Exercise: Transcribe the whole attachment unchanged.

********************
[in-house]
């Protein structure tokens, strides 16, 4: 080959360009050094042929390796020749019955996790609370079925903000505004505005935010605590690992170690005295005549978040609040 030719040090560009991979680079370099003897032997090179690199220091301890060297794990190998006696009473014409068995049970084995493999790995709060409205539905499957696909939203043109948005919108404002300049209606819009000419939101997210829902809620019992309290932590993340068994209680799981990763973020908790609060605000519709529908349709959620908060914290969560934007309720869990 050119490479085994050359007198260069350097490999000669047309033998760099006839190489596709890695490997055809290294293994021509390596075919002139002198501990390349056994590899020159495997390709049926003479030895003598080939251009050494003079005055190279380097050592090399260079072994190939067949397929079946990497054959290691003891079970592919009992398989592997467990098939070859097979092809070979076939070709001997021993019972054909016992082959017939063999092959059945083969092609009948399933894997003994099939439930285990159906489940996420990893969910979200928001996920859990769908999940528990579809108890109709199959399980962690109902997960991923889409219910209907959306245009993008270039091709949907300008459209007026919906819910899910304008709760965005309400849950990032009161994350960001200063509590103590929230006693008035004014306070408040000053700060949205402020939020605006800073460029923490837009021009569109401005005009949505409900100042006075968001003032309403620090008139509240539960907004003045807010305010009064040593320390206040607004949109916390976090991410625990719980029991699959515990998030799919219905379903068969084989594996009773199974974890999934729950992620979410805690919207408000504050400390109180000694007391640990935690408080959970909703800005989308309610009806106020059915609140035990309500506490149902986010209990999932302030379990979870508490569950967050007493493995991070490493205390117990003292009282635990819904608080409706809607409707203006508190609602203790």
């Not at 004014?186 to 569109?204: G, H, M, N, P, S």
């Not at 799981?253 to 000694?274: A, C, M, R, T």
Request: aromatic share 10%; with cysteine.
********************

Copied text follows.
[in-house]
């Protein structure tokens, strides 16, 4: 080959360009050094042929390796020749019955996790609370079925903000505004505005935010605590690992170690005295005549978040609040 030719040090560009991979680079370099003897032997090179690199220091301890060297794990190998006696009473014409068995049970084995493999790995709060409205539905499957696909939203043109948005919108404002300049209606819009000419939101997210829902809620019992309290932590993340068994209680799981990763973020908790609060605000519709529908349709959620908060914290969560934007309720869990 050119490479085994050359007198260069350097490999000669047309033998760099006839190489596709890695490997055809290294293994021509390596075919002139002198501990390349056994590899020159495997390709049926003479030895003598080939251009050494003079005055190279380097050592090399260079072994190939067949397929079946990497054959290691003891079970592919009992398989592997467990098939070859097979092809070979076939070709001997021993019972054909016992082959017939063999092959059945083969092609009948399933894997003994099939439930285990159906489940996420990893969910979200928001996920859990769908999940528990579809108890109709199959399980962690109902997960991923889409219910209907959306245009993008270039091709949907300008459209007026919906819910899910304008709760965005309400849950990032009161994350960001200063509590103590929230006693008035004014306070408040000053700060949205402020939020605006800073460029923490837009021009569109401005005009949505409900100042006075968001003032309403620090008139509240539960907004003045807010305010009064040593320390206040607004949109916390976090991410625990719980029991699959515990998030799919219905379903068969084989594996009773199974974890999934729950992620979410805690919207408000504050400390109180000694007391640990935690408080959970909703800005989308309610009806106020059915609140035990309500506490149902986010209990999932302030379990979870508490569950967050007493493995991070490493205390117990003292009282635990819904608080409706809607409707203006508190609602203790």
């Not at 004014?186 to 569109?204: G, H, M, N, P, S």
């Not at 799981?253 to 000694?274: A, C, M, R, T």
Request: aromatic share 10%; with cysteine.